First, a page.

Governance of non-profit boards
Because offering board membership is in part a fundraising exercise, boards can get rather large – some have as many as 80 people on them. However, Ziff explained, most of the work of such a large board is done by an executive committee – usually 10 or 12 people, perhaps as many as 20 for a very large board.
The executive committee typically meets every month to discuss key issues. The decisions are then presented to the whole board for voting.
However, not being on the executive committee does not excuse board members from active contribution. ‘On every board, there are some worker bees and some who don’t pull their weight,’ said Ziff. ‘They start failing to turn up at meetings and failing to make their financial donations. That’s when you make the decision to remove them.’
Boards try to be as diverse as possible, within the limits imposed by the financial obligations. Ziff admitted to being challenged by a recent demand from the Mayor of New York that all boards of museums and cultural institutions should be more racially diverse, or forfeit the contribution from the city.
‘I don’t know how we’re going to deal with it,’ she said. ‘All the big cultural institutions, universities and hospitals rely on these large donations. There are very few people of these racial minorities who can pay that much.’
She explained that there had not always been a financial commitment associated with board membership of the Lincoln Centre, and it had been very difficult managing this change. ‘We don’t want to kick people off the board because they can’t afford it. We make exceptions because of celebrity status or special skills, for example. But then we don’t want to tell the others that some people have had exceptions made for them.’
A frequent misconception is that board members have influence over the programming itself. Ziff was emphatic that this is not the case: ‘Programmes and activities are decided upon by experts who are hired to fill those roles in the organisations’. But sometimes a board member who has made a significant financial contribution thinks this gives them the right to influence programmatic or artistic decisions. This, she said, can be a sensitive and difficult situation to deal with – but it’s only one of many.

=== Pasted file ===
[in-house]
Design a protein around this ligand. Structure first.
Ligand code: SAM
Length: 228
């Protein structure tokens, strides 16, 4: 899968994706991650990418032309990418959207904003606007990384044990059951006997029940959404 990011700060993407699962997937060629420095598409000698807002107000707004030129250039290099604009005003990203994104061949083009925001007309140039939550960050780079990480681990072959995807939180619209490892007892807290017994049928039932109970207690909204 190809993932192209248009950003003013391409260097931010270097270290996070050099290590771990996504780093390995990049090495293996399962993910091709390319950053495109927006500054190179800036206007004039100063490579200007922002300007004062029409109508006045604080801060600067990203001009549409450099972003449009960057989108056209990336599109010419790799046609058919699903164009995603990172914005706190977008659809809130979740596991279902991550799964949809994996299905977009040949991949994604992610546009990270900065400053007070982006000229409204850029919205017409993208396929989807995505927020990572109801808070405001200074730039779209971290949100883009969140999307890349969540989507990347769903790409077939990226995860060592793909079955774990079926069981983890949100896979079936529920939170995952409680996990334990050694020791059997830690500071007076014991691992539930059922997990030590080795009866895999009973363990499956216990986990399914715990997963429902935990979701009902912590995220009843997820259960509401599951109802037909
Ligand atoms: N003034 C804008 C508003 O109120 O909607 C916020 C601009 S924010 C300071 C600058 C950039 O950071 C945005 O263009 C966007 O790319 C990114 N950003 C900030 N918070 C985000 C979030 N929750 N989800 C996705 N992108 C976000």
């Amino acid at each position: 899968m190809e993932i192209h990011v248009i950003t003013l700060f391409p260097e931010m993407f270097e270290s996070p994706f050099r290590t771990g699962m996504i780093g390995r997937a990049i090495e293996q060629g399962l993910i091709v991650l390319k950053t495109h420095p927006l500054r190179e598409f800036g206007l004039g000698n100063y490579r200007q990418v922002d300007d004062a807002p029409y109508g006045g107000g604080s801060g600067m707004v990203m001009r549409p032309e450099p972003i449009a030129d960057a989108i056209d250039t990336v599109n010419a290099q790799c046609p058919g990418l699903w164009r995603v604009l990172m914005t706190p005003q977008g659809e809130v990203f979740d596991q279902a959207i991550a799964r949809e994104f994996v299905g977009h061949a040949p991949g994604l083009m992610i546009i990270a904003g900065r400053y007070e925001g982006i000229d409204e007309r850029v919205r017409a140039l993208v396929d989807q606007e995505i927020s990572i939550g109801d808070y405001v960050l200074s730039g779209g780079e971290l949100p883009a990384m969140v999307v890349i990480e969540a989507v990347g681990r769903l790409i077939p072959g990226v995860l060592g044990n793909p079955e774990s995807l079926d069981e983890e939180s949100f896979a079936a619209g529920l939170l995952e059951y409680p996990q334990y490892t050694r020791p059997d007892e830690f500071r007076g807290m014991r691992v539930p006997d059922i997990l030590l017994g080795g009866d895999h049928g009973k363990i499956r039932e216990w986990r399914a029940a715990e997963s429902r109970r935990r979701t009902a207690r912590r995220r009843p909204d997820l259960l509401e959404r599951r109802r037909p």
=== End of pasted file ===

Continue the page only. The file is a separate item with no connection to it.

For example, someone approached one board she sits on with an offer of an initial 10-million-dollar donation. ‘No one knew this person very well so we had to search around for people who had worked with him and knew him well. The information came back: he was a difficult person to deal with who insisted on getting his own way; he was disruptive in board meetings and frequently reneged on his financial promises. We made the decision that it was not worth trying to put him on the board.’
Another sticky situation came after the divorce of a couple who had both been involved with the organisation, although the bulk of the money came from the wife’s family. The man married someone else who wanted to be on the board. However, the organisation felt that they just could not accept the new wife when so much money was still being donated by the ex. Dealing with this challenge took a lot of what Ziff called ‘power schmoozing’!
Listening to the challenges and the amount of work involved with sitting on a board (‘courting’ new members can take up to 18 months), it is sometimes hard to remember that Ziff and others are operating on a purely voluntary basis. Their philanthropy is not confined to giving money, but also their time, which Ziff described as ‘the most precious thing we have’.
But the very fact that they are giving up their time may in part account for their success. ‘You want to give your time for something you are really interested in, whether it’s music or sports of children or disease. … You have to love what you’re giving your time to,’ she concluded.